Frank: Great advice, Mike. One last question. Who is going to come out on top of the local search space?

Mike: As for general local search, I think it’s Google’s game to lose. They have the lead for now but there are others out there who could make their mark as well.

Facebook has a lot of talent (including ex-Googlers) and rapid development cycles although they have yet to really do much in local. Bing is a darkhorse in the race but they have incredible resources and technology. They are in it for the long haul and you can never count them out. I don’t see that Yelp’s model is a dominant one as it currently exists.

Frank: Any parting words for our readers?

Mike: All of the things we put such huge emphasis on in the online space is not the real world. There’s more to life than online marketing and the behaviors of the large local search related firms. How’s that for a non-marketing message?!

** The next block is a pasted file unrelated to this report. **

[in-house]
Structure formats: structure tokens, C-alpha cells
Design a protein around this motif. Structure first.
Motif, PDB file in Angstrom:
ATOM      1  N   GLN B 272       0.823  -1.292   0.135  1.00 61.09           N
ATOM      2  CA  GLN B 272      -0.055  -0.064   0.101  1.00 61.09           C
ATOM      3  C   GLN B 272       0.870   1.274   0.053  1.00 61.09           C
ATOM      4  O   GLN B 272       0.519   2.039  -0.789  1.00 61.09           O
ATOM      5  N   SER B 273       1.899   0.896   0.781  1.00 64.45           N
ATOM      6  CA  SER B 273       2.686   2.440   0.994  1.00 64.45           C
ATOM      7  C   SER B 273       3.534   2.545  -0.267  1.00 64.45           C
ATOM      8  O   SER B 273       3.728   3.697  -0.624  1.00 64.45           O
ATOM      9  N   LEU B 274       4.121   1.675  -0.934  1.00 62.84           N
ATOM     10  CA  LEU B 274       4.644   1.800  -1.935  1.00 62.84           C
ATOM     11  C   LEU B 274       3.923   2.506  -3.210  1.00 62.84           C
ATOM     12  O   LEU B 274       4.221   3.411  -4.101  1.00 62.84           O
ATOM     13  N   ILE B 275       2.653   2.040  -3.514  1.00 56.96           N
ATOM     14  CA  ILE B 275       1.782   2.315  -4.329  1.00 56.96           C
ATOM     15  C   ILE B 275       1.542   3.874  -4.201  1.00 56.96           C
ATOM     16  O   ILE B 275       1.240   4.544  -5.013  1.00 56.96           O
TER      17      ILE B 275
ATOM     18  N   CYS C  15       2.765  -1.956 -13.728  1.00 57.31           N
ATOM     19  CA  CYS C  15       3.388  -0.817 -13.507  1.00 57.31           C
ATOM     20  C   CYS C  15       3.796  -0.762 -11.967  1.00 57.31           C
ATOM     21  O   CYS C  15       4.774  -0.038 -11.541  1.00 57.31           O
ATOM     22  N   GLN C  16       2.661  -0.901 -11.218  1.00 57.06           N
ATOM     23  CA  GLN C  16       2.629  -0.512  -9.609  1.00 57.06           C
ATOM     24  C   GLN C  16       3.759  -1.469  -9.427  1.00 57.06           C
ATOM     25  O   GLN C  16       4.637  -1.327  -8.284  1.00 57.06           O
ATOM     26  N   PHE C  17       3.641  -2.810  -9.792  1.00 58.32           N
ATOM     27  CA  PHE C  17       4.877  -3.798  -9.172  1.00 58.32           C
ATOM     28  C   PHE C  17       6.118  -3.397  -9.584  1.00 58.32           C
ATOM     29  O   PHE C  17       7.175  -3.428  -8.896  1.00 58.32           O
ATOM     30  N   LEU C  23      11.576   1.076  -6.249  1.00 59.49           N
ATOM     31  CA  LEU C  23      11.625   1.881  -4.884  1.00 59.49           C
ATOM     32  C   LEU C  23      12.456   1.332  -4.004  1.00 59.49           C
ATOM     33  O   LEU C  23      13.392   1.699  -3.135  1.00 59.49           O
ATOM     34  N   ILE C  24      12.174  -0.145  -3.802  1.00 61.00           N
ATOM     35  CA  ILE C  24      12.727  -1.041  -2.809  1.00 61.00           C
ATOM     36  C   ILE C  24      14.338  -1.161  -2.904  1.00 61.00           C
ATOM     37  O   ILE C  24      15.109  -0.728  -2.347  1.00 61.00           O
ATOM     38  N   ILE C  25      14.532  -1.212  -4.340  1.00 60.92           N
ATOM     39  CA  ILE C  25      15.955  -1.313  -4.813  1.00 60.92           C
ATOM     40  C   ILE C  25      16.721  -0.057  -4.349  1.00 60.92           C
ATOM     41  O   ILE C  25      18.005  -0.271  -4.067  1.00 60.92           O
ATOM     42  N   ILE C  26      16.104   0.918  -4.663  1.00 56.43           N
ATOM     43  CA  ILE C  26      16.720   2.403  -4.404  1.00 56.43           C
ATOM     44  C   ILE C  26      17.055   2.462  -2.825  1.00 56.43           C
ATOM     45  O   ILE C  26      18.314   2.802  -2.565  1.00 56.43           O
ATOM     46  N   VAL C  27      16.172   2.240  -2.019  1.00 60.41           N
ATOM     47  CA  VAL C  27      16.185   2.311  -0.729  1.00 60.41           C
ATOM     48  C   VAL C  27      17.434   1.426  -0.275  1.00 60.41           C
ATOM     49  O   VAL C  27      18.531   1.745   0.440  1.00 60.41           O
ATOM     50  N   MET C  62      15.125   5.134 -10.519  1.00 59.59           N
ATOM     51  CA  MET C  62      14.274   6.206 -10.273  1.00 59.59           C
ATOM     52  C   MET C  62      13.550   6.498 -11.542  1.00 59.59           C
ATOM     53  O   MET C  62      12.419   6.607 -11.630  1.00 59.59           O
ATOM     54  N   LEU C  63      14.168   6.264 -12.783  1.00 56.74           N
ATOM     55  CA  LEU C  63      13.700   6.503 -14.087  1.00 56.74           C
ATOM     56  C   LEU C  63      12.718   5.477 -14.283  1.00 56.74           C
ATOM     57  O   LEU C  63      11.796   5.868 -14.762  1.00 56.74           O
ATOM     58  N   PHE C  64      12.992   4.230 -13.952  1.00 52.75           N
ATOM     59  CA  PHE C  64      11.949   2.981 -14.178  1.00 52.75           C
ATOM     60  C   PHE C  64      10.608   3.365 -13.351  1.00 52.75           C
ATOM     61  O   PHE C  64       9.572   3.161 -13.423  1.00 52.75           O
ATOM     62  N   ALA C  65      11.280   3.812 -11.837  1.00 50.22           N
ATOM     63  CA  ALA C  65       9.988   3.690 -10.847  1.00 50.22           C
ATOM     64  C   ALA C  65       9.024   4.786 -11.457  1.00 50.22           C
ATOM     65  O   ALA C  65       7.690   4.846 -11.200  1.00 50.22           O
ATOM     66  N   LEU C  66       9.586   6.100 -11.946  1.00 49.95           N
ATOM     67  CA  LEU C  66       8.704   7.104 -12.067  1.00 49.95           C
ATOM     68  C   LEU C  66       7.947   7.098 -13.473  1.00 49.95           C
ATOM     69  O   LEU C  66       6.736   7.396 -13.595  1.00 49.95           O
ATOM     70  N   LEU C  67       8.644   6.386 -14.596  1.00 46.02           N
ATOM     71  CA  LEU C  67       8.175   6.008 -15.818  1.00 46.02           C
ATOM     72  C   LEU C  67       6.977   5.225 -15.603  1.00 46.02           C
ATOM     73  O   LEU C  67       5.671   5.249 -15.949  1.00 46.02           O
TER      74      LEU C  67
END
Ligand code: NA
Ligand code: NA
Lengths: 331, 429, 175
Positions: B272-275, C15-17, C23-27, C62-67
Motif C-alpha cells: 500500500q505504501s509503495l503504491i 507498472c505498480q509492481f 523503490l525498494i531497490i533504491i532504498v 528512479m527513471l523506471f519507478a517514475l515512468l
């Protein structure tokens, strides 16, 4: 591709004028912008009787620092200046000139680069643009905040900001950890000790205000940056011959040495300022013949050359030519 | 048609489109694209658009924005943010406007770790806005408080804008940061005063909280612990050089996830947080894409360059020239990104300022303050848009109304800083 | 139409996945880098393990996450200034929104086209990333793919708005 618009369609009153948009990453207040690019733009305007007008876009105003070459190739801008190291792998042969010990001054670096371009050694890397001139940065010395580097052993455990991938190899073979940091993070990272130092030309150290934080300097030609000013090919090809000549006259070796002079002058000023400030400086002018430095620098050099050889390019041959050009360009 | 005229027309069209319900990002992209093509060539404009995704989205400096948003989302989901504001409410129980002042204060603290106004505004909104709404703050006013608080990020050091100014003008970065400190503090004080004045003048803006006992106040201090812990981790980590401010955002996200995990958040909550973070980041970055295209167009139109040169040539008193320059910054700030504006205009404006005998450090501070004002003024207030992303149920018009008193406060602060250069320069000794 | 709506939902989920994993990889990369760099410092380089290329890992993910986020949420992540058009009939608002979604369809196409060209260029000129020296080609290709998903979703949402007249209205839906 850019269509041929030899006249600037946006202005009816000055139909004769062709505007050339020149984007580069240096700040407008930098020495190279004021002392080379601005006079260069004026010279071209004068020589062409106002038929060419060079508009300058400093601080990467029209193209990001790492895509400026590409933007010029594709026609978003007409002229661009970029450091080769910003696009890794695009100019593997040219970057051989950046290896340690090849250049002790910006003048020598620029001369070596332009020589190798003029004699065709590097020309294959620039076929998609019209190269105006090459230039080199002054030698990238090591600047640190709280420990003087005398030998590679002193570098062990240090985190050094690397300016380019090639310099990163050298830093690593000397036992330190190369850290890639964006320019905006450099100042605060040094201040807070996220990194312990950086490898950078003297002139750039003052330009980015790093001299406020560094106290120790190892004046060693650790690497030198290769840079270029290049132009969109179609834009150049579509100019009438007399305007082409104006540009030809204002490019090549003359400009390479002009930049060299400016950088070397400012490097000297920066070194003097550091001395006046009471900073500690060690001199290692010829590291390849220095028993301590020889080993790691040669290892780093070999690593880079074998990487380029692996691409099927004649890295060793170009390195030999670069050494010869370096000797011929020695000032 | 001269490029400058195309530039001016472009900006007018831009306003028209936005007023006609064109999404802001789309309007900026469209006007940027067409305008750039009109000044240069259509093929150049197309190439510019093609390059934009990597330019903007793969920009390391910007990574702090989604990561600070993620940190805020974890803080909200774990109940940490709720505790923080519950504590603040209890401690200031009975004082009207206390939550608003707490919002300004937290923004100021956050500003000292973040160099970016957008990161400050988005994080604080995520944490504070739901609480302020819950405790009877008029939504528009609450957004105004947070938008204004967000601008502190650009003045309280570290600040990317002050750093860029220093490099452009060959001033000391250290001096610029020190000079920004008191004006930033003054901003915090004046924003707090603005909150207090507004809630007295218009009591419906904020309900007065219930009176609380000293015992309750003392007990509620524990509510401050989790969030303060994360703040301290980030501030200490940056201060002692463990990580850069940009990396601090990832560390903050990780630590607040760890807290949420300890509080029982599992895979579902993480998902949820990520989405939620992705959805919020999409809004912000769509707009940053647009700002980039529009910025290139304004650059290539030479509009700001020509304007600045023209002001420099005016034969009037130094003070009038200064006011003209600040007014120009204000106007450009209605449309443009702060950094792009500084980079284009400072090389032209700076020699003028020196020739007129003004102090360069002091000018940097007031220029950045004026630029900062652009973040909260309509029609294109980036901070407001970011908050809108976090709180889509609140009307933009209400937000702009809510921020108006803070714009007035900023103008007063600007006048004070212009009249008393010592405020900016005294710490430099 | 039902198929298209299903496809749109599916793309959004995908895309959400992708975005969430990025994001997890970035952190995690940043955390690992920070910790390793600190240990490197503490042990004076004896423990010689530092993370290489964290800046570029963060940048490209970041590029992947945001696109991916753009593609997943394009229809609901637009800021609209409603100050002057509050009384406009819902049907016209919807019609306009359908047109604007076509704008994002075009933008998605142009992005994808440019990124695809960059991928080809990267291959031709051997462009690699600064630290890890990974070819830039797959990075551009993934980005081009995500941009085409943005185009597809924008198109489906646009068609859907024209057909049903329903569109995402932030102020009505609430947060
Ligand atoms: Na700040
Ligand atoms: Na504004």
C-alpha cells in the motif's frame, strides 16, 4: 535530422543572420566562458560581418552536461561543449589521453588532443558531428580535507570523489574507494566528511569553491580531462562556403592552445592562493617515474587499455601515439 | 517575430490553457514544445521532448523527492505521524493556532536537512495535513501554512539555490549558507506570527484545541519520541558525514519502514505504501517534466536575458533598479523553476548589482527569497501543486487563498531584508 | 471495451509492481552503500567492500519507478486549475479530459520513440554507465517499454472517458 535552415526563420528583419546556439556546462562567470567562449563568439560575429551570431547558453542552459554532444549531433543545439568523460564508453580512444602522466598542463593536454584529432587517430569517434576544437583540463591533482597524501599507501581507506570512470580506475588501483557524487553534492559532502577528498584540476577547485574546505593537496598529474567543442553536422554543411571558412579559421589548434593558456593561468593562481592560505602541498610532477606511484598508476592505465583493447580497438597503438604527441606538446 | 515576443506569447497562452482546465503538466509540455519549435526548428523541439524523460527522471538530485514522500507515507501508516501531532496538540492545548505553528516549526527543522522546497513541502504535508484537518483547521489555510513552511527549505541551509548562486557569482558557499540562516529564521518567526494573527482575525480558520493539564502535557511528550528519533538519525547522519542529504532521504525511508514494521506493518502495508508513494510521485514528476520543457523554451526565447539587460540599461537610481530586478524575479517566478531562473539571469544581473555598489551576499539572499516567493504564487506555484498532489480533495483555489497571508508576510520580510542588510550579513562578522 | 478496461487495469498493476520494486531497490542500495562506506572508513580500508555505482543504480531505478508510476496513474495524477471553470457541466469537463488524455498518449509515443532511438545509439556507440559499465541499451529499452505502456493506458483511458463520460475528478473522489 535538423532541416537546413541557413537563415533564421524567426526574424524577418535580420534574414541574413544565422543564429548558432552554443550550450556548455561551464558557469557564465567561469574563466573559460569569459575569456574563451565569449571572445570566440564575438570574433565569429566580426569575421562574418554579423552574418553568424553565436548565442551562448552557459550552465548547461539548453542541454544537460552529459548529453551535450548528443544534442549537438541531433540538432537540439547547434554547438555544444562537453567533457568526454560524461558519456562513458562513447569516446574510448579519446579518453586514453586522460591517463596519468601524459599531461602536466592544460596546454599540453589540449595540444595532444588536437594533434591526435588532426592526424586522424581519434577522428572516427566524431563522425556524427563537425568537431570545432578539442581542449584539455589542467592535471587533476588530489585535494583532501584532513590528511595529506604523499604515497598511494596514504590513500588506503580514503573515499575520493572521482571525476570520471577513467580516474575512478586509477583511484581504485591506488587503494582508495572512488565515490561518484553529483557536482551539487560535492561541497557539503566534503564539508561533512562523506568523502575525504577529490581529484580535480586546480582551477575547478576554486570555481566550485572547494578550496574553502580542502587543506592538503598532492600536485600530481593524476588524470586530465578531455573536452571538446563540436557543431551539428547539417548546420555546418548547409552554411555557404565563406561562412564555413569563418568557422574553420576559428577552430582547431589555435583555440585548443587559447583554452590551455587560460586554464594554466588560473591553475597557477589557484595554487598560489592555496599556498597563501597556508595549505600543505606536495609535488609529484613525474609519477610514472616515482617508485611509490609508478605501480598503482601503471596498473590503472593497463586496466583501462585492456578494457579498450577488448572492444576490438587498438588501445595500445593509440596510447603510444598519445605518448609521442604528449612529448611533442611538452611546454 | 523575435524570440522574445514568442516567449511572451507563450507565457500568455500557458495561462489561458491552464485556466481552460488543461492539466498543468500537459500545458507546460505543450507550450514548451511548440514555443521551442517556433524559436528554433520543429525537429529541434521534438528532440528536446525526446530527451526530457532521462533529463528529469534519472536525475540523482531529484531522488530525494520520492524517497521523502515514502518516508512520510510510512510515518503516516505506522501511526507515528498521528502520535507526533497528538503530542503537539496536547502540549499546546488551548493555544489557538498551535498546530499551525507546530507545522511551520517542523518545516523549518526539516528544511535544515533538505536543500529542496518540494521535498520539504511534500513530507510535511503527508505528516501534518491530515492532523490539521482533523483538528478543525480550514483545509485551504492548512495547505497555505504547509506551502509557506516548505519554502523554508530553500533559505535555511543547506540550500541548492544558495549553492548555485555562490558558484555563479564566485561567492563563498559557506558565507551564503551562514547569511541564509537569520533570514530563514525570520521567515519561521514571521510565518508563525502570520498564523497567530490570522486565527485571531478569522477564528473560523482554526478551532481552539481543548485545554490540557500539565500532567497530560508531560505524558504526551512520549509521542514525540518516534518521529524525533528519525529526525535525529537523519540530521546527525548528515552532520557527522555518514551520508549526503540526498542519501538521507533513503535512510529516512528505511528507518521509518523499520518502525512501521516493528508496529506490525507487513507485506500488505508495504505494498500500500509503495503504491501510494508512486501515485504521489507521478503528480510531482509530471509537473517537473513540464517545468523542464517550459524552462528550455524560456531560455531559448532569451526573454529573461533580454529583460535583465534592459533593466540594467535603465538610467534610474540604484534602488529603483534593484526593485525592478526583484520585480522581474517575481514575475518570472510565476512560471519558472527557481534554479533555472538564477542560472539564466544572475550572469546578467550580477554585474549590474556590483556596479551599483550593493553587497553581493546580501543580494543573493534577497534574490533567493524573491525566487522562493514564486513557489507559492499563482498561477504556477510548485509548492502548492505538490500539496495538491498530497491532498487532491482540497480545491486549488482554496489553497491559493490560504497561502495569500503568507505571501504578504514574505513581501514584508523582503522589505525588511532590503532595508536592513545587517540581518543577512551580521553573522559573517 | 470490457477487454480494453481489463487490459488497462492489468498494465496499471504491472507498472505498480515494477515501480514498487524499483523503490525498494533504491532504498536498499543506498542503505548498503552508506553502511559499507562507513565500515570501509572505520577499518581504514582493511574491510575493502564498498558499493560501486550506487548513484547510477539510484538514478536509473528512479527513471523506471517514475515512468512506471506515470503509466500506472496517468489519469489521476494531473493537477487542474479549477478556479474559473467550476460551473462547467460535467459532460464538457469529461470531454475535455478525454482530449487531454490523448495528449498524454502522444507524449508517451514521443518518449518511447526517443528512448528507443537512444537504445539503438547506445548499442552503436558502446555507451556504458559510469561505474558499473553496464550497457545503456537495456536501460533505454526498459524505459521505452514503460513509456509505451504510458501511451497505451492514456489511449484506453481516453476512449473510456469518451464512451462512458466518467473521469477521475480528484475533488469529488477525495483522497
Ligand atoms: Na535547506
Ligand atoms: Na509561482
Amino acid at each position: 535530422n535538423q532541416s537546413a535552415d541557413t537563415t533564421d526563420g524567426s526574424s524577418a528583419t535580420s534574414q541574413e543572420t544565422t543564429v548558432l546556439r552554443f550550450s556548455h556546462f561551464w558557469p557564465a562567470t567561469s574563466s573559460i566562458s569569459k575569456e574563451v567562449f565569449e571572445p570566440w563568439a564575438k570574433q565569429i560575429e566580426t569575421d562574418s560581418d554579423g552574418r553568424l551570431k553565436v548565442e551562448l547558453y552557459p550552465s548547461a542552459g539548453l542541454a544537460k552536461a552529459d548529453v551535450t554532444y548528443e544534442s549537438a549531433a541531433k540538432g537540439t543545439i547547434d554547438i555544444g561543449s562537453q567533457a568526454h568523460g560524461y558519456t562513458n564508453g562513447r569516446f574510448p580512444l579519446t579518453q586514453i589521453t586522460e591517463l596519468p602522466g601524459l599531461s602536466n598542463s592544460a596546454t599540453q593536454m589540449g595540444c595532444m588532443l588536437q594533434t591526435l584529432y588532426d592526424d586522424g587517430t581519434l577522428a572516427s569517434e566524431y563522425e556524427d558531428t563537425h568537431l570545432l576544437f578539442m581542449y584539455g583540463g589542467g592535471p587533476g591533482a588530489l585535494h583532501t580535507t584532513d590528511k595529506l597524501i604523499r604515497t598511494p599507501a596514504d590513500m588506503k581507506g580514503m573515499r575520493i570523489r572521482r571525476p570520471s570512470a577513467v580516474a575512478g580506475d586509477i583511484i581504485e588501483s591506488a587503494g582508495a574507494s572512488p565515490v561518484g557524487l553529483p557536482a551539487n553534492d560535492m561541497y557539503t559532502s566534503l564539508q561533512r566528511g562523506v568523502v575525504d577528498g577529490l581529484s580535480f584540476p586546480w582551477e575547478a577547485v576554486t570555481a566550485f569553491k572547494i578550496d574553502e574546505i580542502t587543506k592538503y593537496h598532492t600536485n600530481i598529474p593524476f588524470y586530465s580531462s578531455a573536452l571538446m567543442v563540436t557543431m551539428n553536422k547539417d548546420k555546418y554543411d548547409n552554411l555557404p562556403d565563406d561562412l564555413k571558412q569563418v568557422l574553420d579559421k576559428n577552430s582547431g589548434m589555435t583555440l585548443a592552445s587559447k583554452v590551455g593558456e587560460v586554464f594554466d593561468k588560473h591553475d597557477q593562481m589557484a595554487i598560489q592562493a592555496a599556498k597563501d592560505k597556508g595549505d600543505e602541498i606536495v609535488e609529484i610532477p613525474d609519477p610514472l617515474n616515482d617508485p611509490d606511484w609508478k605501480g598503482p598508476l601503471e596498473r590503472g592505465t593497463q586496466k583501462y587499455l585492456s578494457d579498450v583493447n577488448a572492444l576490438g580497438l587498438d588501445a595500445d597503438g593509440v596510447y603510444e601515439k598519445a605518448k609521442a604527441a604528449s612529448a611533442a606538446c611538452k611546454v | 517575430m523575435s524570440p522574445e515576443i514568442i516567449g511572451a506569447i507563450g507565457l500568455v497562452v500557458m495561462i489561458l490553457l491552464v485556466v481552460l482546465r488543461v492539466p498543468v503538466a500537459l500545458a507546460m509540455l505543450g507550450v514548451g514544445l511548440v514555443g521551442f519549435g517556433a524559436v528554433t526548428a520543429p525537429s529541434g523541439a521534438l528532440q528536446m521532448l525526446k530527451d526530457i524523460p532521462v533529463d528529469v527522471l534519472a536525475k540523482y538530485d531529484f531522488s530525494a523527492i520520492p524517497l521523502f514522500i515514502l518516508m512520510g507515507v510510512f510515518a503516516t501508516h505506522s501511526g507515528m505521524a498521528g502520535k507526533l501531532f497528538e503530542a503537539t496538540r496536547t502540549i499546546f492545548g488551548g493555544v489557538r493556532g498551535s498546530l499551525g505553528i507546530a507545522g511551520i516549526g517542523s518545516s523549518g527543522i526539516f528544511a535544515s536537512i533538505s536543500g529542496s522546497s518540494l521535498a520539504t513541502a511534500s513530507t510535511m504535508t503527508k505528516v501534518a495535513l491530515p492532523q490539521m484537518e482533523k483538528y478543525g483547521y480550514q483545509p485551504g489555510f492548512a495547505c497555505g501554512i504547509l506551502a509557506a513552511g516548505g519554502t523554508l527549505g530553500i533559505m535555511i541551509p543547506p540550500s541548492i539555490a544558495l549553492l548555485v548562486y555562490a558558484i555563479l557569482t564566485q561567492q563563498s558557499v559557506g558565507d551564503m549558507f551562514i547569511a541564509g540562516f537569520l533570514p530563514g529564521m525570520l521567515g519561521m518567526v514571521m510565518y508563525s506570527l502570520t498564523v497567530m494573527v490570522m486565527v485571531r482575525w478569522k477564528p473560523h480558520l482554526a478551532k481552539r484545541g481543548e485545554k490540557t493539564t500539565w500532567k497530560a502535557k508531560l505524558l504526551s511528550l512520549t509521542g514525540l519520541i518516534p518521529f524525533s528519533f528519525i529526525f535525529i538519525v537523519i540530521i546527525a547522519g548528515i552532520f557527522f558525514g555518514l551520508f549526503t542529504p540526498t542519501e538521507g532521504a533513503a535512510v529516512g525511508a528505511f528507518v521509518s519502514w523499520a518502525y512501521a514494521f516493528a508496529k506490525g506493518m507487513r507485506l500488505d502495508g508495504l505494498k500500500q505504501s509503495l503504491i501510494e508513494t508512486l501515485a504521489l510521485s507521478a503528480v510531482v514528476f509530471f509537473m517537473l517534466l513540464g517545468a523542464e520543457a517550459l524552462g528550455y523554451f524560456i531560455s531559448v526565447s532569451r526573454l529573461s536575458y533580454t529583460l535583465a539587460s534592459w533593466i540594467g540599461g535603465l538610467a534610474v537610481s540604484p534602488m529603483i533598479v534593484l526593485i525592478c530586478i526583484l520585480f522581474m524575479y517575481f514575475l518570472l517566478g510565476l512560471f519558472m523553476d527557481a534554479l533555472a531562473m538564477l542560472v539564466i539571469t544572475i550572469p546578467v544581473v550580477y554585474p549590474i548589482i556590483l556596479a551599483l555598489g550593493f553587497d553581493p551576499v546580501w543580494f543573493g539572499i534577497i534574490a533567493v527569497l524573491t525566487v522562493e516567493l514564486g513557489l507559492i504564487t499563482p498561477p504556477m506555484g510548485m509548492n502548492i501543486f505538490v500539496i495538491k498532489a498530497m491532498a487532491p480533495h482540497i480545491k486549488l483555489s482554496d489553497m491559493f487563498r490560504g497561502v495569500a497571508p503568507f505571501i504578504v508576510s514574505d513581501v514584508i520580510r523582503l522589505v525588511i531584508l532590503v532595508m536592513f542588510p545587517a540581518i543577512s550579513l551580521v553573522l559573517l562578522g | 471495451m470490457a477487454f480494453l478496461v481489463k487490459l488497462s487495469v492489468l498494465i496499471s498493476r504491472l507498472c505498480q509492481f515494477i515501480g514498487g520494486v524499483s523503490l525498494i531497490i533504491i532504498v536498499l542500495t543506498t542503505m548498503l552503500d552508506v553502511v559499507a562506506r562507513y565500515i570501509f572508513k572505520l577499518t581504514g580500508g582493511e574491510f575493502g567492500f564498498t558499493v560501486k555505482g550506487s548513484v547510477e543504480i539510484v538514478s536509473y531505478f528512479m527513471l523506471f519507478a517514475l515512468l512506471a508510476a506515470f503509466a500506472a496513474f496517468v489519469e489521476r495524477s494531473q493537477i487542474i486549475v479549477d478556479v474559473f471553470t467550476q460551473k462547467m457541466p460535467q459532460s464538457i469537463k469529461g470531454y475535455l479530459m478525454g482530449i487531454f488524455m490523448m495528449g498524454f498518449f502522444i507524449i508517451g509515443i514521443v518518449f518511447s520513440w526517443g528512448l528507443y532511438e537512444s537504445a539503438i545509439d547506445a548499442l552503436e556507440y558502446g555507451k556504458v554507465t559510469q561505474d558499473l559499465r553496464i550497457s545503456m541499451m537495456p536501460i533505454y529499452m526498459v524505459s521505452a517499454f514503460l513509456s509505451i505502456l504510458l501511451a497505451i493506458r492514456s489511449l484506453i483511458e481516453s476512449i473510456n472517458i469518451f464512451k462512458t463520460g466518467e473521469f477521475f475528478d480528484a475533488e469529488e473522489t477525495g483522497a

Like I said at the start it’s refreshing. Make sure you read Mike’s blog. He will also be presenting at the Universal Business Listing User Conference on January 25th in Charlotte, NC and at GetListed Local University in Birmingham on January 26.

Thanks to Mike for his time and openness. We are certainly looking forward to watching and learning from him for a long time to come.

  • http://earnmybusiness.com Jeffrey Taylor

    Great Post! I always enjoy what Mike has to say about local marketing. His 7 things to do in 2011 were spot on. Just as people changed their business name to get top listings in the Yellow Pages they are now trying to game the search engines by changing their names again.